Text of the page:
One of my friend was wondering to get this word “Supercalifragilisticexpialidocious”. Actually that time same went to my mind what is the definition or behind thoughts of this word? After a long web search I came up with this.
Supercalifragilisticexpialidocious is an English word in the song with the same title in the musical film Mary Poppins. The song was written by the Sherman Brothers, and sung by Julie Andrews and Dick van Dyke.
Since Mary Poppins was a period piece set in 1910, period sounding songs were wanted. Supercalifragilisticexpialidocious sounds like popular folk songs “Boiled Beef and Carrots” and “Any Old Iron”.
Supercalifragilisticexpialidocious is a nonsense word. The critics’ belief that the word itself has obscure origins has created some debate about when it was first used historically. According to Richard M. Sherman, co-writer of the song with his brother, Robert, the word was created by them in two weeks, mostly out of double-talk.
Roots of the word have been defined as follows: super- “above”, cali- “beauty”, fragilistic- “delicate”, expiali- “to atone”, and docious- “educable”, with the sum of these parts signifying roughly “Atoning for educability through delicate beauty.” This explication of its connotations suits the nature of Mary Poppins, who presents herself as both extremely beautiful and also supremely intelligent and capable of great achievements. However, it should be noted that although the word contains recognizable English morphemes, it does not follow the rules of English morphology as a whole. The morpheme -istic is a suffix in English, whereas the morpheme ex- is typically a prefix; so following normal English morphological rules, it would represent two words: supercalifragilistic and expialidocious . As one word, it also violates the rule that the letter c cannot sound like a k when followed by an e , an i or a y .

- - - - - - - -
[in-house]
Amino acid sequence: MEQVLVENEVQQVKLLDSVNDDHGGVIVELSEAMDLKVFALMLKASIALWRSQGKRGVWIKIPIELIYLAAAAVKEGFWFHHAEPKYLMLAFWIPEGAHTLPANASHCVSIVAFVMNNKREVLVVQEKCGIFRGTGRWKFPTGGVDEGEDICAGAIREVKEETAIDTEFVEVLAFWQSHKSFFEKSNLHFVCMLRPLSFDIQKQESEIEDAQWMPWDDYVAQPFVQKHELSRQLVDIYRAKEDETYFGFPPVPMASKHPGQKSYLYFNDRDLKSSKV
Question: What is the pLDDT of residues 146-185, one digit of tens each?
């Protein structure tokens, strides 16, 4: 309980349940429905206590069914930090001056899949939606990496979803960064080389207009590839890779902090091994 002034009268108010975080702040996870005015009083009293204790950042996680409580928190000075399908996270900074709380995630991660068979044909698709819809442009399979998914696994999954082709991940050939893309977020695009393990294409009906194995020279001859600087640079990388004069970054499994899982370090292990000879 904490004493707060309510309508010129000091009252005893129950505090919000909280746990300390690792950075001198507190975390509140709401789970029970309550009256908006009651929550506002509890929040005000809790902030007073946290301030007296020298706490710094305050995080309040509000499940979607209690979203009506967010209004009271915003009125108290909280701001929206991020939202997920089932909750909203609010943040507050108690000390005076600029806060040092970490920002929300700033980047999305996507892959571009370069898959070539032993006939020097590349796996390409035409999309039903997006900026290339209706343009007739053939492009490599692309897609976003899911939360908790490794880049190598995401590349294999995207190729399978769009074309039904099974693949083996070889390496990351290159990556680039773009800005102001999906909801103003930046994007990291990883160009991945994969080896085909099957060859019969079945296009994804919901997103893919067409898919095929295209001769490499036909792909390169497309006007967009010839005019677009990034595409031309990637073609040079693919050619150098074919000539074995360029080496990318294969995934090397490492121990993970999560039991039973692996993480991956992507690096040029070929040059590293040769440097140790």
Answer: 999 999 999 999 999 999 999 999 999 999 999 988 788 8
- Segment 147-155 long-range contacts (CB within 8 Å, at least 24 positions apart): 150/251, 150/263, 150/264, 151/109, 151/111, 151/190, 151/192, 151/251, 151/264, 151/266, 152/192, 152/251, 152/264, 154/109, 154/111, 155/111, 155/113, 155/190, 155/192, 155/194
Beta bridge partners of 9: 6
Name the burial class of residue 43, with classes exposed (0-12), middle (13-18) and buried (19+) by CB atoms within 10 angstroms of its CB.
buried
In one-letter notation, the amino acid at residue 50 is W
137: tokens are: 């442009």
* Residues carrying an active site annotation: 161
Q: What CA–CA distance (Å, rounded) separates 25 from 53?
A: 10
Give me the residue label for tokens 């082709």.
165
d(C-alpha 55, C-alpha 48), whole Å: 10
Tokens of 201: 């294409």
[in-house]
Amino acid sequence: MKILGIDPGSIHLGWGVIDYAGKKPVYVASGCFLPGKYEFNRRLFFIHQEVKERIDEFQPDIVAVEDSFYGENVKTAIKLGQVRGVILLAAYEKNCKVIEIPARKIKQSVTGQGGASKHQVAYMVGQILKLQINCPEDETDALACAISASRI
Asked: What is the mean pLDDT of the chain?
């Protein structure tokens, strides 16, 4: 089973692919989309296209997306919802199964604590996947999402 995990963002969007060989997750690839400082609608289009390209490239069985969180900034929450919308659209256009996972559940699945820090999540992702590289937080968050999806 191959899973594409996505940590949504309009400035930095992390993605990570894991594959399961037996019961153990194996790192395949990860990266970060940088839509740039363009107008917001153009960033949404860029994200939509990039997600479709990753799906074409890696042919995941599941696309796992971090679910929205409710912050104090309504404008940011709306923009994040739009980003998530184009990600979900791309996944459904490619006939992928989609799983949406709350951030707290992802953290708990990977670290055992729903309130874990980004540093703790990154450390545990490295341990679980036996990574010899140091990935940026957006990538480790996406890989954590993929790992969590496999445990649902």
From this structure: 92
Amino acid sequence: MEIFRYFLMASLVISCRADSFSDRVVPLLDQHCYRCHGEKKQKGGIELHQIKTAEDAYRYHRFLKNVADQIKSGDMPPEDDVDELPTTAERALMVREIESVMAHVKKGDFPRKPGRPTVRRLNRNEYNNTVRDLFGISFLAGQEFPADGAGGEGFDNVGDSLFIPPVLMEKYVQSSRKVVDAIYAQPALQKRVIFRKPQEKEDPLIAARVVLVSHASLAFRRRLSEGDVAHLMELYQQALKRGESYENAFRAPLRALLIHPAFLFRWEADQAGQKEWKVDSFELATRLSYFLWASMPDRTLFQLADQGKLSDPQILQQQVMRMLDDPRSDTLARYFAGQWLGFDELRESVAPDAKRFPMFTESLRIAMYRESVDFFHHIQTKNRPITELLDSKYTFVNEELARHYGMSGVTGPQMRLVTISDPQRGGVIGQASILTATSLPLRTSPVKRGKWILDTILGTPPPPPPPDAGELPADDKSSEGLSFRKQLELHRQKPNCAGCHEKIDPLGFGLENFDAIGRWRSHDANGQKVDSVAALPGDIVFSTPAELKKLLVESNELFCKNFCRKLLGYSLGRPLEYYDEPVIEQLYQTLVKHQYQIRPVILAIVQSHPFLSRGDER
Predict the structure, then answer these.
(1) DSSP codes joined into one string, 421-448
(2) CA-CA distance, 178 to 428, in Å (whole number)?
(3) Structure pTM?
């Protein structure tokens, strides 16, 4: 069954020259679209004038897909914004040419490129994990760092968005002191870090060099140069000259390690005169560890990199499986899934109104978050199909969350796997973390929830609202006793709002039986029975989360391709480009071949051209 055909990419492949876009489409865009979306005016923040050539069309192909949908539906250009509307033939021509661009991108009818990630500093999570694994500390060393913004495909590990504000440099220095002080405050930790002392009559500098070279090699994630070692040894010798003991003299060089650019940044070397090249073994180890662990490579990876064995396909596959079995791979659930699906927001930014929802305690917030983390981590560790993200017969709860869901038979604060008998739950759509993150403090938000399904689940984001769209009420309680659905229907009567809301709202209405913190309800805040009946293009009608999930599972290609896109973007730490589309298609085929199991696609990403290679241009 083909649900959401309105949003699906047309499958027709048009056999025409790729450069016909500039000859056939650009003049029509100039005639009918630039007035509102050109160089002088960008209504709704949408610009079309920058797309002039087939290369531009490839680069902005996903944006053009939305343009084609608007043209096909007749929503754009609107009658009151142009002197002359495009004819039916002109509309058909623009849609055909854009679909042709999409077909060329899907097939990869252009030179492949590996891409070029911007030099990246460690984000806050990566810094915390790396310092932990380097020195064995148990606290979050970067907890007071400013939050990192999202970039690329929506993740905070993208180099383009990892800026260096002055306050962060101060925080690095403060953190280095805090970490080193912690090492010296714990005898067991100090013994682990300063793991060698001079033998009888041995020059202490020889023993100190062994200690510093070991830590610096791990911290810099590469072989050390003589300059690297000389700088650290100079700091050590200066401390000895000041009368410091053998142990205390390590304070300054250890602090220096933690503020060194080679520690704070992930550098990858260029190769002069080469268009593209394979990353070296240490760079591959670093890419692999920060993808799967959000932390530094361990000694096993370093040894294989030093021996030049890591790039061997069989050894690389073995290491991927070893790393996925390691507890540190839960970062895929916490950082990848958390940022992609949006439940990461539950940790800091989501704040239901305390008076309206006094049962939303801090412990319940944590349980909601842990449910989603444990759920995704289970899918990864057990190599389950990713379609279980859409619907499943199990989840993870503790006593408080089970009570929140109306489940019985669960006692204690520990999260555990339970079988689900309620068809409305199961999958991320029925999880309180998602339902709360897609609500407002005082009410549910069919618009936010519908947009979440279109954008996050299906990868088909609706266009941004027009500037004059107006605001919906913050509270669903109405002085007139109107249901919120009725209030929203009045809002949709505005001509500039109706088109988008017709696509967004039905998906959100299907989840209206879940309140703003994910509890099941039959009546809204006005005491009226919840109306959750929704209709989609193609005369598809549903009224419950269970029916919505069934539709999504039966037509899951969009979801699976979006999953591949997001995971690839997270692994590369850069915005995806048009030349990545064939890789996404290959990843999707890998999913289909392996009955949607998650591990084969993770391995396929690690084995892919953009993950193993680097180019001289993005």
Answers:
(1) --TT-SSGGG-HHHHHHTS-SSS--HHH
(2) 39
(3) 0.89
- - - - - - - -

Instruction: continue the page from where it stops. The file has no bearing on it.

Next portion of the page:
Additionally, according to the 1964 Walt Disney film, it’s defined as “what you say when you don’t know what to say”.
In the 1942 movie “The Undying Monster” (directed by John Brahm), the character Rob Curtis (played by James Ellison) says of character Christy, “She has an overactive supercalifragilis.” He goes on to define the word as “female intuition.” This passage does not appear in the 1936 novel by Jessie Douglas Kerruish.” The screenplay was written by: Lillie Hayward and Michael Jacoby.
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